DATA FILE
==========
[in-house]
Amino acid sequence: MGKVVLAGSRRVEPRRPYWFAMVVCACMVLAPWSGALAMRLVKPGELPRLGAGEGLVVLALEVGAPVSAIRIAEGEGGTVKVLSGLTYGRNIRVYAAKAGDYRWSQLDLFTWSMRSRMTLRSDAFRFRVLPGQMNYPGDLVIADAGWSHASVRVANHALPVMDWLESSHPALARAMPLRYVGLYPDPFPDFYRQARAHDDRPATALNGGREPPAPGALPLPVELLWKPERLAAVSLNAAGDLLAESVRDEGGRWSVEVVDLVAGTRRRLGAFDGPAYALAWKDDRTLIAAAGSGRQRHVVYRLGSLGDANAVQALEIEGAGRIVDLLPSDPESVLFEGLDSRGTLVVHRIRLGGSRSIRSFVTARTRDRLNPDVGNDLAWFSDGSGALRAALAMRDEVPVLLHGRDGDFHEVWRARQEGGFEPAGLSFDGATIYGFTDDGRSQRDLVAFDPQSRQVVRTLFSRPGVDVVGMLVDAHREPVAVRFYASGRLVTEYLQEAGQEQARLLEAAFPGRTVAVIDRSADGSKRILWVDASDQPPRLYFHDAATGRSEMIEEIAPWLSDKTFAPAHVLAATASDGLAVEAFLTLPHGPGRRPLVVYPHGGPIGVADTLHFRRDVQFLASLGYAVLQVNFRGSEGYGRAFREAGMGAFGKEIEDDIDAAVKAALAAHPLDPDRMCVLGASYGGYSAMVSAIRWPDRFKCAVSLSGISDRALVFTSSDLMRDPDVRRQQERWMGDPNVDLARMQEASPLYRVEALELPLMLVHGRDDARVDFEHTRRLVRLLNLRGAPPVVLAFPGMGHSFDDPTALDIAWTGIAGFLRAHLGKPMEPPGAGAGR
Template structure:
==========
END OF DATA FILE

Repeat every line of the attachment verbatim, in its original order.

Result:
[in-house]
Amino acid sequence: MGKVVLAGSRRVEPRRPYWFAMVVCACMVLAPWSGALAMRLVKPGELPRLGAGEGLVVLALEVGAPVSAIRIAEGEGGTVKVLSGLTYGRNIRVYAAKAGDYRWSQLDLFTWSMRSRMTLRSDAFRFRVLPGQMNYPGDLVIADAGWSHASVRVANHALPVMDWLESSHPALARAMPLRYVGLYPDPFPDFYRQARAHDDRPATALNGGREPPAPGALPLPVELLWKPERLAAVSLNAAGDLLAESVRDEGGRWSVEVVDLVAGTRRRLGAFDGPAYALAWKDDRTLIAAAGSGRQRHVVYRLGSLGDANAVQALEIEGAGRIVDLLPSDPESVLFEGLDSRGTLVVHRIRLGGSRSIRSFVTARTRDRLNPDVGNDLAWFSDGSGALRAALAMRDEVPVLLHGRDGDFHEVWRARQEGGFEPAGLSFDGATIYGFTDDGRSQRDLVAFDPQSRQVVRTLFSRPGVDVVGMLVDAHREPVAVRFYASGRLVTEYLQEAGQEQARLLEAAFPGRTVAVIDRSADGSKRILWVDASDQPPRLYFHDAATGRSEMIEEIAPWLSDKTFAPAHVLAATASDGLAVEAFLTLPHGPGRRPLVVYPHGGPIGVADTLHFRRDVQFLASLGYAVLQVNFRGSEGYGRAFREAGMGAFGKEIEDDIDAAVKAALAAHPLDPDRMCVLGASYGGYSAMVSAIRWPDRFKCAVSLSGISDRALVFTSSDLMRDPDVRRQQERWMGDPNVDLARMQEASPLYRVEALELPLMLVHGRDDARVDFEHTRRLVRLLNLRGAPPVVLAFPGMGHSFDDPTALDIAWTGIAGFLRAHLGKPMEPPGAGAGR
Template structure: